The formation and growth of a crack in a body subjected to stress driven material dissolution is studied. The rate of material dissolution is proportional to strain energy and curvature of the body surface. The formation of a crack from a plane surface is preceded by an evolving surface roughness. The continued dissolution enhances roughness amplitude resulting in pit formation. As the pit grows deeper into the material, it assumes the shape of a crack. The sharpness of the crack reaches its maximum during this transition from a pit to a crack. As the crack grows, a self-similar state is gradually assumed. During this phase characteristic lengths of the crack shape scale with the crack length. In line with this the crack progressively becomes blunt. The widest part of the crack when unloaded is in the vicinity of the crack tip. A consequence of the model is that no criterion is needed for crack growth. Neither is a criterion needed for determination of the crack path. It also follows that the crack growth rate is almost independent of the remote load. Further, spontaneous crack branching is anticipated. A motivation for this is given. © 2006 Elsevier Ltd. All rights reserved.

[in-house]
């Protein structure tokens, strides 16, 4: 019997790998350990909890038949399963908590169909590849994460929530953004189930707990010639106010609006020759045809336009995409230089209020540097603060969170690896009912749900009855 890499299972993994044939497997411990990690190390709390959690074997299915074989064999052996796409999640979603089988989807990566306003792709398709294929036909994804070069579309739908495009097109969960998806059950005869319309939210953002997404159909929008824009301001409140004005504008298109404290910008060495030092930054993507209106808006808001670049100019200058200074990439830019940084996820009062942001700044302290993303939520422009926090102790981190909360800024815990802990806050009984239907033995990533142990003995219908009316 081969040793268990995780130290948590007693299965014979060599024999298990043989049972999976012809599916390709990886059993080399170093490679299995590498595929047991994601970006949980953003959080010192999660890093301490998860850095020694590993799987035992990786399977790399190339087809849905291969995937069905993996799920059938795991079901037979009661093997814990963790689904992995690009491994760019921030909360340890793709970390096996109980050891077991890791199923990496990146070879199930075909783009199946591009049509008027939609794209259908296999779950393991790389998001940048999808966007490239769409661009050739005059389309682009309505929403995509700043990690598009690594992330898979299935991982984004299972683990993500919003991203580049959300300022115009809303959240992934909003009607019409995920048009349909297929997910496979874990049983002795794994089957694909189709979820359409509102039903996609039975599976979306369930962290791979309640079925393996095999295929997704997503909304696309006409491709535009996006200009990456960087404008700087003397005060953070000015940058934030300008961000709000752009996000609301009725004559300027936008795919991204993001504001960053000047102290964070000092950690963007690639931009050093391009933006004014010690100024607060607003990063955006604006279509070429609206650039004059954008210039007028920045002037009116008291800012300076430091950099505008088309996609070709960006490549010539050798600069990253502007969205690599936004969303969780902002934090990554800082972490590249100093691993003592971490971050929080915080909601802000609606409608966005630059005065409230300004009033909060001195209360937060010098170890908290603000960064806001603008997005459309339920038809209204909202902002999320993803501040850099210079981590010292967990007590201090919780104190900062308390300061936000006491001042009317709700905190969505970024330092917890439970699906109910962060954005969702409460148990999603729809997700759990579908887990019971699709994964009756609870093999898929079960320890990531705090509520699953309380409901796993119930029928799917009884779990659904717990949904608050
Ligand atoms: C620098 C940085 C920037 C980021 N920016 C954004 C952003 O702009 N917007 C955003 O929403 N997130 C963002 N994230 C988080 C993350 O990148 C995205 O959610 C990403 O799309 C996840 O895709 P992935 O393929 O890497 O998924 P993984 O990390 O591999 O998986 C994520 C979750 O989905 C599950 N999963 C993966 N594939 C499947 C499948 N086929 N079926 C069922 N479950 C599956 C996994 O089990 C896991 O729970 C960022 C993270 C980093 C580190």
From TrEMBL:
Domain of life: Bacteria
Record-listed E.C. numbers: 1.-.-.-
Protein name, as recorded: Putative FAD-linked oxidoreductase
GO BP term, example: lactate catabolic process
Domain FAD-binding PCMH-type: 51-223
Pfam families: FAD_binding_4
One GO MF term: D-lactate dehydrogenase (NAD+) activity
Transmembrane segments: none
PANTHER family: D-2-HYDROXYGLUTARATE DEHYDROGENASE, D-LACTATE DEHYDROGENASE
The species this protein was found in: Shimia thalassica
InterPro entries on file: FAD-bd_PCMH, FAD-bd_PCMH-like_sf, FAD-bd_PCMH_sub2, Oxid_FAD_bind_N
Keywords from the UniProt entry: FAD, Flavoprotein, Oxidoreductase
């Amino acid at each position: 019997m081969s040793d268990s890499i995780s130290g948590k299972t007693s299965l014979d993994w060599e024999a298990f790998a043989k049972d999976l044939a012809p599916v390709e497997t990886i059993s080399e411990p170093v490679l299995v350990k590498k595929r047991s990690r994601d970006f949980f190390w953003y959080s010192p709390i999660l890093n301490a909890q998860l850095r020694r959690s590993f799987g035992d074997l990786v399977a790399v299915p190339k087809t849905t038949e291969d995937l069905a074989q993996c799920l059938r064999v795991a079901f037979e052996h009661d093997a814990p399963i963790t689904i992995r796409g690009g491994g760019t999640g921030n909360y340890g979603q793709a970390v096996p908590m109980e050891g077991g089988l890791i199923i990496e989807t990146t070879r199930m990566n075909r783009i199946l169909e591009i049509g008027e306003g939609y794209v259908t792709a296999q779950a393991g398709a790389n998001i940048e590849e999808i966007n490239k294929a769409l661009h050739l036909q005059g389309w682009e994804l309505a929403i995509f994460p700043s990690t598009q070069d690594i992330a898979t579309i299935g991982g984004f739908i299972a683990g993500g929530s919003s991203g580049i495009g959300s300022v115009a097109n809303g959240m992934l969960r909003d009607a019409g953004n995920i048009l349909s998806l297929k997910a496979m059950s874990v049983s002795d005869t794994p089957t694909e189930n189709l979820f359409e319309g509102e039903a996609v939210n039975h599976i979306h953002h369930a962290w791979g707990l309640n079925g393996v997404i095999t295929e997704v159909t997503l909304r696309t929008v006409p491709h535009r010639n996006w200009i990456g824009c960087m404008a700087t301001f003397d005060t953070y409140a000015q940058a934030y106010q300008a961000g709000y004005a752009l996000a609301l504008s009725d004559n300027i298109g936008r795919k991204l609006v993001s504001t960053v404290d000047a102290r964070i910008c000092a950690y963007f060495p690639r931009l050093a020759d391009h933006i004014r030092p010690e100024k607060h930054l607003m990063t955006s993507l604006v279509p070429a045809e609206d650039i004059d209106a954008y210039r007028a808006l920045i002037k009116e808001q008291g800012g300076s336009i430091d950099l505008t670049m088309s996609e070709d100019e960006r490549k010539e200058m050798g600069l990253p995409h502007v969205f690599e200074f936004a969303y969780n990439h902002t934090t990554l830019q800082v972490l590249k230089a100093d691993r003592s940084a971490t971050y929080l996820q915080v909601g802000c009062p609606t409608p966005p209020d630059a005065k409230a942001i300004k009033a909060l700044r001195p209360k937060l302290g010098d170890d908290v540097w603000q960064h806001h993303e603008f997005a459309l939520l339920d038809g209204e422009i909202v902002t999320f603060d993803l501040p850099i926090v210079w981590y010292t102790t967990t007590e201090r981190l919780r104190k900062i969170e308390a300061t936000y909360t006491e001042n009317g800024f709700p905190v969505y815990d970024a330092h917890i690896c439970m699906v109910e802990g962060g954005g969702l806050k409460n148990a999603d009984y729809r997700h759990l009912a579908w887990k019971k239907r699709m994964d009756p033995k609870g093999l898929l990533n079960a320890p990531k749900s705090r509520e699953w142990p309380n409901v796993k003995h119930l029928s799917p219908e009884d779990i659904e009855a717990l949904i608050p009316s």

Ståhle, P., Bjerkén, C., & Jivkov, A. P. (2007). On dissolution driven crack growth. International Journal of Solids and Structures, 44(6), 1880–1890. https://doi.org/10.1016/j.ijsolstr.2006.09.011